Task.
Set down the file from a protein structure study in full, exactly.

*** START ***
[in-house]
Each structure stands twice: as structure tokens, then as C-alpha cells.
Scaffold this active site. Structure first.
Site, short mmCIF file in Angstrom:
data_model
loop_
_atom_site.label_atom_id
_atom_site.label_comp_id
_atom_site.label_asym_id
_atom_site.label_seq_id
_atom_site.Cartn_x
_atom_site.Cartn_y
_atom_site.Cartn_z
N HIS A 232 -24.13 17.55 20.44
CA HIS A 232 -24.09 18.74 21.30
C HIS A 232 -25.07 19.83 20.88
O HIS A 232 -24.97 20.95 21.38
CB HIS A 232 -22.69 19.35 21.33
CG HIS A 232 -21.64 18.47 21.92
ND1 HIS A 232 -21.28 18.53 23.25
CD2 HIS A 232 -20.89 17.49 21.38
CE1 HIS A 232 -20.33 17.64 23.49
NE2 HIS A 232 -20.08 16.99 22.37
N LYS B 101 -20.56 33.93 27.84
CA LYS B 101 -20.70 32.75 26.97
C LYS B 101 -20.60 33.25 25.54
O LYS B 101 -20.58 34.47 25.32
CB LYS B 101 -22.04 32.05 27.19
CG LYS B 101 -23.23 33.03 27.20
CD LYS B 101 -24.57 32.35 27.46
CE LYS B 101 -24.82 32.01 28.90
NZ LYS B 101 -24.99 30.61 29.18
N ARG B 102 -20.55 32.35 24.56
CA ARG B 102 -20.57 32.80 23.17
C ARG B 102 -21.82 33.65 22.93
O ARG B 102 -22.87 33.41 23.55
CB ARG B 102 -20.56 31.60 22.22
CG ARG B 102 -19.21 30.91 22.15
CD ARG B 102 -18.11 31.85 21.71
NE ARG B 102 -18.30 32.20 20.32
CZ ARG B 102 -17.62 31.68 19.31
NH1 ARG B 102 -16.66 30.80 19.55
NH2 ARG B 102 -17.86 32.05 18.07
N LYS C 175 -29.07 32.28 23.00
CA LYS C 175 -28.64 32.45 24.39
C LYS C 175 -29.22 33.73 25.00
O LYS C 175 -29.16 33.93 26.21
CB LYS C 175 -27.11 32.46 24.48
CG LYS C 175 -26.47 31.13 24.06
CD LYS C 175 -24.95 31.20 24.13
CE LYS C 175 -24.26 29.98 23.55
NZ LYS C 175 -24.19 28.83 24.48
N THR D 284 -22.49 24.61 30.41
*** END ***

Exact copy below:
[in-house]
Each structure stands twice: as structure tokens, then as C-alpha cells.
Scaffold this active site. Structure first.
Site, short mmCIF file in Angstrom:
data_model
loop_
_atom_site.label_atom_id
_atom_site.label_comp_id
_atom_site.label_asym_id
_atom_site.label_seq_id
_atom_site.Cartn_x
_atom_site.Cartn_y
_atom_site.Cartn_z
N HIS A 232 -24.13 17.55 20.44
CA HIS A 232 -24.09 18.74 21.30
C HIS A 232 -25.07 19.83 20.88
O HIS A 232 -24.97 20.95 21.38
CB HIS A 232 -22.69 19.35 21.33
CG HIS A 232 -21.64 18.47 21.92
ND1 HIS A 232 -21.28 18.53 23.25
CD2 HIS A 232 -20.89 17.49 21.38
CE1 HIS A 232 -20.33 17.64 23.49
NE2 HIS A 232 -20.08 16.99 22.37
N LYS B 101 -20.56 33.93 27.84
CA LYS B 101 -20.70 32.75 26.97
C LYS B 101 -20.60 33.25 25.54
O LYS B 101 -20.58 34.47 25.32
CB LYS B 101 -22.04 32.05 27.19
CG LYS B 101 -23.23 33.03 27.20
CD LYS B 101 -24.57 32.35 27.46
CE LYS B 101 -24.82 32.01 28.90
NZ LYS B 101 -24.99 30.61 29.18
N ARG B 102 -20.55 32.35 24.56
CA ARG B 102 -20.57 32.80 23.17
C ARG B 102 -21.82 33.65 22.93
O ARG B 102 -22.87 33.41 23.55
CB ARG B 102 -20.56 31.60 22.22
CG ARG B 102 -19.21 30.91 22.15
CD ARG B 102 -18.11 31.85 21.71
NE ARG B 102 -18.30 32.20 20.32
CZ ARG B 102 -17.62 31.68 19.31
NH1 ARG B 102 -16.66 30.80 19.55
NH2 ARG B 102 -17.86 32.05 18.07
N LYS C 175 -29.07 32.28 23.00
CA LYS C 175 -28.64 32.45 24.39
C LYS C 175 -29.22 33.73 25.00
O LYS C 175 -29.16 33.93 26.21
CB LYS C 175 -27.11 32.46 24.48
CG LYS C 175 -26.47 31.13 24.06
CD LYS C 175 -24.95 31.20 24.13
CE LYS C 175 -24.26 29.98 23.55
NZ LYS C 175 -24.19 28.83 24.48
N THR D 284 -22.49 24.61 30.41